How a book/film does the following week may give a better indication of whether it was good enough to generate word-of-mouth. But even a lousy book or film can have continued success on the basis of early marketing. People see it is doing well at the box office or at the cash register and try it out. Even if none of their friends have recommended it.
As we have seen, the price of a work influences its popularity.
An app that is free will attract many more downloads than one that does the exact same things but costs $1.99.
Both apps have the same value in entertaining or assisting the user. But their popularity will differ, based on price alone.
Meanwhile, attaching a price to something can also make customers value it more. There is a difference between acquiring users and actually converting them.
Company A may release a free app that attracts 10,000 downloads. But only 8,000 downloaders ever actually run the app. Just 6,000 make an account. And only 3,000 ever use it even one time (to buy something, share something, whatever its purpose is). Only 500 become active, committed users.
Company B may release an app that costs $1.99. It attracts only 1,000 downloads and is far less ‘popular’ by this measure. But 990 downloaders run the app. 700 of them make an account, 600 actually use it at least one, and again, 500 become active, committed users.
The apps are equally popular in terms of active users. But one app might appear on the charts, and the other not.
Which is more important? The ability to attract a lot of attention, or the ability to convert a higher percentage of users? Both have the same end result in this example.
Because popularity is so influenced by price (an already flawed measure of value) it, too, is an unreliable indicator of value.
Reception is a bad measure of a work’s value
Sites like Rotten Tomatoes demonstrate how widely the views of an audience and professional critics can diverge. Who is to say which is more important? The critics’ or the audiences’ opinion? Amazon reviews or literary awards?
There’s an interesting phenomenon when it comes to book and movie sequels.
Most people agree that sequels are never as good as the originals in a series.
While this seems paradoxical at first, it actually makes a lot of sense. If you didn’t enjoy the first Harry Potter book, you won’t waste money and time on the second. So the people reviewing the second book are only those who already enjoyed the first.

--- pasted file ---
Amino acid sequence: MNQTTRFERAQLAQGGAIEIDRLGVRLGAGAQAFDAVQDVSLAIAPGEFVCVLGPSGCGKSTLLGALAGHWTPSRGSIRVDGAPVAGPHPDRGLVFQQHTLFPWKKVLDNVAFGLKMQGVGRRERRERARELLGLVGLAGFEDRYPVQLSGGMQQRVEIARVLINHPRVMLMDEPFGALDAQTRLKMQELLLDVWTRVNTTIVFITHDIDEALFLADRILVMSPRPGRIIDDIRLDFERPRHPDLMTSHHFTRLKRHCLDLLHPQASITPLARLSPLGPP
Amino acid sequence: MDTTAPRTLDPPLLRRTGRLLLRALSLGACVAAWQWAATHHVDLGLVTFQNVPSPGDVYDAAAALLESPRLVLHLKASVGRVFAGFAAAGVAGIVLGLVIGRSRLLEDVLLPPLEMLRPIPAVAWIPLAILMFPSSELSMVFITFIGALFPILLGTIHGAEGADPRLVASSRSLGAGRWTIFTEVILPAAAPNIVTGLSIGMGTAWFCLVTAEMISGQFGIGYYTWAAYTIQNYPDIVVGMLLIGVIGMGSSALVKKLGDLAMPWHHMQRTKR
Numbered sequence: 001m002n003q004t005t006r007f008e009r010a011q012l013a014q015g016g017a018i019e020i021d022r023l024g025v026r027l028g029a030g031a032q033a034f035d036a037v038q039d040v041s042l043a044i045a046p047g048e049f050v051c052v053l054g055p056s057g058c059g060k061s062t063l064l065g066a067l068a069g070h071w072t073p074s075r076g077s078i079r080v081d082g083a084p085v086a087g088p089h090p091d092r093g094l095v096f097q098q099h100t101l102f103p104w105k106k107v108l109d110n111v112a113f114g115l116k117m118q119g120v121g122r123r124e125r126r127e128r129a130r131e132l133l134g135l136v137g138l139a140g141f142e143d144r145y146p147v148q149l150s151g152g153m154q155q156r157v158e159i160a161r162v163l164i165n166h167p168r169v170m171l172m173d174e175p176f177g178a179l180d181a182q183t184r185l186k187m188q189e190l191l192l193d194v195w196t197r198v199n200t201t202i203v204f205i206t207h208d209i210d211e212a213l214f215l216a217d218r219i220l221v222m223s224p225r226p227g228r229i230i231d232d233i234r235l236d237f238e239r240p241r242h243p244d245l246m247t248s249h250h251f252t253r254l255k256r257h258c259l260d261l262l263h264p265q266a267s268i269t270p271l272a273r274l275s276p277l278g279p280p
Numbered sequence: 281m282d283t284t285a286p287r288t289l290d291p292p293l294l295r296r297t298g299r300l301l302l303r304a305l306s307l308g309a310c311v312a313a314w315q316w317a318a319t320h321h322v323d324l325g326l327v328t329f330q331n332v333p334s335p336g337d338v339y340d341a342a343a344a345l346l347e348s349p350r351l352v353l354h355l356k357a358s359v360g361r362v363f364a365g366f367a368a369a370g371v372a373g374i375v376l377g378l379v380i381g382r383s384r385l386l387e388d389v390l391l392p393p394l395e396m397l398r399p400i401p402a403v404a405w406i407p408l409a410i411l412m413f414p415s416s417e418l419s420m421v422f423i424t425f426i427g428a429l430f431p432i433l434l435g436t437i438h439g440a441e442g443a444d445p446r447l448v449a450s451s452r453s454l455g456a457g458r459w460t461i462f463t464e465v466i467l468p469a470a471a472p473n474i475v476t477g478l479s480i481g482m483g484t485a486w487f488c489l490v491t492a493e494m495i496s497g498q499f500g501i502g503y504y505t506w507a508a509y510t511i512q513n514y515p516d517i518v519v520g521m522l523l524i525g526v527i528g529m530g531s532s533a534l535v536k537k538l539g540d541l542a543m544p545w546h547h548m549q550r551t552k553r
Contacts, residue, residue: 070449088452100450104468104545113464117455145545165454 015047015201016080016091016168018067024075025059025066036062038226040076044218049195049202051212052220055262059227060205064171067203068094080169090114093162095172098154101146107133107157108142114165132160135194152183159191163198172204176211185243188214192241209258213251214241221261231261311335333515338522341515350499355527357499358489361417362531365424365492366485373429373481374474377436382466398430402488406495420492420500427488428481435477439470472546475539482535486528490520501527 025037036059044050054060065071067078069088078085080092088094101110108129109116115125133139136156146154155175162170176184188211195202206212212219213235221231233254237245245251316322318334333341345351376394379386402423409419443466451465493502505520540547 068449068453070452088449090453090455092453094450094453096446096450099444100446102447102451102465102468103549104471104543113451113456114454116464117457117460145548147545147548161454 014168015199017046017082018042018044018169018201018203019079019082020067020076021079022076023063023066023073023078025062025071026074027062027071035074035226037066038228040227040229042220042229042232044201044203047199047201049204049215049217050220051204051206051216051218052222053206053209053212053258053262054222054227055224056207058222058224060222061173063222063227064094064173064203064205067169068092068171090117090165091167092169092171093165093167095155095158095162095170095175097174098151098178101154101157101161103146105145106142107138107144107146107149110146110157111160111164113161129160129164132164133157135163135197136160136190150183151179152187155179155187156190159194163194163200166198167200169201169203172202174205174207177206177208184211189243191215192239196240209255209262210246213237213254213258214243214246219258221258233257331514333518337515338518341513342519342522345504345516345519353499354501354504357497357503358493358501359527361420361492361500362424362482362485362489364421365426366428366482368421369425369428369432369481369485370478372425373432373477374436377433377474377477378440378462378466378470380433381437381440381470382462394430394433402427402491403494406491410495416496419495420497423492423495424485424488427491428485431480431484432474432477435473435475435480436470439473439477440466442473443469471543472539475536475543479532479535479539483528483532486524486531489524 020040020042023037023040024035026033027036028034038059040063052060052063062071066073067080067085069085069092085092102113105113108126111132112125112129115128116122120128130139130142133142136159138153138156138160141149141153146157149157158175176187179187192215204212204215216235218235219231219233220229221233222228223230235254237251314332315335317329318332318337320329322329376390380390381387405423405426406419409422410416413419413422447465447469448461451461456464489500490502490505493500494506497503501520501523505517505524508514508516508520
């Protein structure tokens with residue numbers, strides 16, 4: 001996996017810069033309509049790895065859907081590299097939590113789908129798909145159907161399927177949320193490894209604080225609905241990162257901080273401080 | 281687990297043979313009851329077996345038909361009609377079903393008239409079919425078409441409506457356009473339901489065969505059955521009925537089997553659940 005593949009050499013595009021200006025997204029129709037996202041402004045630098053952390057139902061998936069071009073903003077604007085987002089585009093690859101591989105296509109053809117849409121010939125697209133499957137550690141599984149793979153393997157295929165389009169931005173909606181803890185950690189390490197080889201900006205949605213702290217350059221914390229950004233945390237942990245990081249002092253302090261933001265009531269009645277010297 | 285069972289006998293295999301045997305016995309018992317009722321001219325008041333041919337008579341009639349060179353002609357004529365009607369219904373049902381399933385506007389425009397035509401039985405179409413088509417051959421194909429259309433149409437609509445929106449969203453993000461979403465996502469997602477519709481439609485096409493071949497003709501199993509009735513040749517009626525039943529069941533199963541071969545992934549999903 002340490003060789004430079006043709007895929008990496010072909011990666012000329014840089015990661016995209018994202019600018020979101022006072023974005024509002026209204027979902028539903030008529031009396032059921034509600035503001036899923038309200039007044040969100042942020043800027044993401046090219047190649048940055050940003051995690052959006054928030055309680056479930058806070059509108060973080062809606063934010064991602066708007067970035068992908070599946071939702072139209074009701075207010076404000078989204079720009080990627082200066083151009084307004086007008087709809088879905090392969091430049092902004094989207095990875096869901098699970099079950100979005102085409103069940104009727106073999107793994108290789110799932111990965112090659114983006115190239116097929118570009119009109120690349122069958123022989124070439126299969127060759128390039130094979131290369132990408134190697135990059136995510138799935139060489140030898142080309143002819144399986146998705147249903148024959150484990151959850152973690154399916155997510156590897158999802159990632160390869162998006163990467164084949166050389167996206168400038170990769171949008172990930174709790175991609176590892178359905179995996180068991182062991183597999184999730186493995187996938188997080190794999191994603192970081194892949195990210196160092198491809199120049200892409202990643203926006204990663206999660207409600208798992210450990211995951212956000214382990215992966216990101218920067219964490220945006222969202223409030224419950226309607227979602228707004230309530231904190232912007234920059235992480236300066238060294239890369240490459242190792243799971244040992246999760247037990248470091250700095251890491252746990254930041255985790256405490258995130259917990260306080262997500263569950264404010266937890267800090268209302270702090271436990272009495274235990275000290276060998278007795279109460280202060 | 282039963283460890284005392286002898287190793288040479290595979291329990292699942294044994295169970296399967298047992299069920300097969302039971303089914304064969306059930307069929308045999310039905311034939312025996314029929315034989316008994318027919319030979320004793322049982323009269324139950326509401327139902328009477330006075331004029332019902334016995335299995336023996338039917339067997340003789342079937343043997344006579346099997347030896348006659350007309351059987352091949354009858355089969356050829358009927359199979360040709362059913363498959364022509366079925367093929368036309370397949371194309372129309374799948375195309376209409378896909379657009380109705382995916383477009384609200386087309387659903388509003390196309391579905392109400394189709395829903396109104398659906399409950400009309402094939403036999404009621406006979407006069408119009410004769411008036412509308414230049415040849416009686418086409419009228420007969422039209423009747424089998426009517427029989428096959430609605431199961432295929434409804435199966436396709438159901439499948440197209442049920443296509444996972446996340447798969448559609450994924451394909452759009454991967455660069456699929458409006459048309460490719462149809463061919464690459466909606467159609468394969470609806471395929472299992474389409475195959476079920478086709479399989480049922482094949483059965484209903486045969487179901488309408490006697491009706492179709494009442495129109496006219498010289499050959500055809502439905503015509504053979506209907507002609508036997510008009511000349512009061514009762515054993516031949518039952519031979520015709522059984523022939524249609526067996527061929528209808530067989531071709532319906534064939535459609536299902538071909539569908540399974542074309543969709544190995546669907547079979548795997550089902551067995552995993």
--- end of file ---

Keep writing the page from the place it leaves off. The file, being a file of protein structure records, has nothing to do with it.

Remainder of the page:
Book one’s reviews will include those who picked up the series for the first time and didn’t like it. (It wasn’t their genre, they thought it was over-hyped, didn’t like the style. Whatever.) Book two’s reviews will pretty much only include those who like the genre, are fans of the series, and like J.K. Rowling’s writing.
In other words, in a series, the first book or movie is always consumed and rated by a broader audience. Then, subsequent installations are only consumed and rated by a smaller subset who are already predisposed to enjoy the work.
The first two books in the Twilight series are rated 3.5 on Goodreads. Book three is rated 3.6, and book four, 3.7 – even though most fans agree the earlier books were better. Those who disliked book three enough to give up on reading the series simply didn’t stick around to review book four. So, the further along you get in a series, the more enthusiastic the average reviewer is, simply because the less enthused ones opt out.
Likewise, Harry Potter #1 has 4.4 stars on Goodreads, but book #7 has the highest score of the series, at 4.6. Yet while the first book has close to 6 million reviews, the final one has just 2 million at time of writing.
Are we meant to believe that sequels are better because they generally get high ratings? Or are the earlier books better because they get more engagement and a larger audience?
Another measure: the artist’s judgement
The Courage to be Disliked gives the example of a stone rolling down a mountain. If we react too much to other people’s opinions, our work ends up like a stone which has had all of its unique points smoothed away. All that remains is a tiny fraction of what we originally created. A little round ball indistinguishable from every other smoothed away rock.
We can bow too much to what will sell well. Or what we can charge a lot for. Or what a lot of people want. Or what will get good reviews and not upset anyone. And when we do this, we make nothing original.